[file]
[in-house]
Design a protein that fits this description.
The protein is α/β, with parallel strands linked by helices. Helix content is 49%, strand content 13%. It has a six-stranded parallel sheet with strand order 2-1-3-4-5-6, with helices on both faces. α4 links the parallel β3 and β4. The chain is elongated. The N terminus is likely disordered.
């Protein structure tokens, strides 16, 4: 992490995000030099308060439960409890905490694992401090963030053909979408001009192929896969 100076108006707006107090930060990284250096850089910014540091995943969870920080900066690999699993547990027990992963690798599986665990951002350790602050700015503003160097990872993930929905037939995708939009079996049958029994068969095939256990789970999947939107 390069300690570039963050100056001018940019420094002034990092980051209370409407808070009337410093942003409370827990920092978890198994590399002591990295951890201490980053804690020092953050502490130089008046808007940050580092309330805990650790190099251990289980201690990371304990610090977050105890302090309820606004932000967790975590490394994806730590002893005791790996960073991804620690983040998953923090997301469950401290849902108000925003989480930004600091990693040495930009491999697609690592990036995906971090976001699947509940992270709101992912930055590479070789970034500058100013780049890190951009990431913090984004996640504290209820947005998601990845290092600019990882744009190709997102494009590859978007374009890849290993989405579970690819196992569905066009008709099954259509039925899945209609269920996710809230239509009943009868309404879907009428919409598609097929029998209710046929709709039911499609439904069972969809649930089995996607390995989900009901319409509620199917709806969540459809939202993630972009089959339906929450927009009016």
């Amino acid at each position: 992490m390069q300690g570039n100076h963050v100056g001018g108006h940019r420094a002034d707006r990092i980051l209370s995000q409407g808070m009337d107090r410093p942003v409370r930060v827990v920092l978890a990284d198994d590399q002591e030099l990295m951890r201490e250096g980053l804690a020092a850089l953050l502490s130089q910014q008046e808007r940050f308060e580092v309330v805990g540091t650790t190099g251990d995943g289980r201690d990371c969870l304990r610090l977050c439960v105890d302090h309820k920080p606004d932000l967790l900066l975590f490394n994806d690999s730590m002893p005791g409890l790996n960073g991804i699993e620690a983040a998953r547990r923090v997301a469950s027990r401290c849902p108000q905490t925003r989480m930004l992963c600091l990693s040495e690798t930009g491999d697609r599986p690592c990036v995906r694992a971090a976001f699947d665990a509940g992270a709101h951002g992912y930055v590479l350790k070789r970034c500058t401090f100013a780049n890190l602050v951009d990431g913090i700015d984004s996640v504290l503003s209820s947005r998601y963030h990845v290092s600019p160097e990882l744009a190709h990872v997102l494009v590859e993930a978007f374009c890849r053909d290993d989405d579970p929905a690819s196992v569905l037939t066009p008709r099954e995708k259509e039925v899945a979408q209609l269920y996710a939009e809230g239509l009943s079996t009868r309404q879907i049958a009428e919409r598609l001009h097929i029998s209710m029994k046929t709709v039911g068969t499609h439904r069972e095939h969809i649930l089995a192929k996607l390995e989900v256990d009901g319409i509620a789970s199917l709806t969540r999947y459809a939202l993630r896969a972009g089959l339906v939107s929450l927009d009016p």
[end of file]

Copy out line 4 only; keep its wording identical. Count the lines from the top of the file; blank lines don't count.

């Protein structure tokens, strides 16, 4: 992490995000030099308060439960409890905490694992401090963030053909979408001009192929896969 100076108006707006107090930060990284250096850089910014540091995943969870920080900066690999699993547990027990992963690798599986665990951002350790602050700015503003160097990872993930929905037939995708939009079996049958029994068969095939256990789970999947939107 390069300690570039963050100056001018940019420094002034990092980051209370409407808070009337410093942003409370827990920092978890198994590399002591990295951890201490980053804690020092953050502490130089008046808007940050580092309330805990650790190099251990289980201690990371304990610090977050105890302090309820606004932000967790975590490394994806730590002893005791790996960073991804620690983040998953923090997301469950401290849902108000925003989480930004600091990693040495930009491999697609690592990036995906971090976001699947509940992270709101992912930055590479070789970034500058100013780049890190951009990431913090984004996640504290209820947005998601990845290092600019990882744009190709997102494009590859978007374009890849290993989405579970690819196992569905066009008709099954259509039925899945209609269920996710809230239509009943009868309404879907009428919409598609097929029998209710046929709709039911499609439904069972969809649930089995996607390995989900009901319409509620199917709806969540459809939202993630972009089959339906929450927009009016």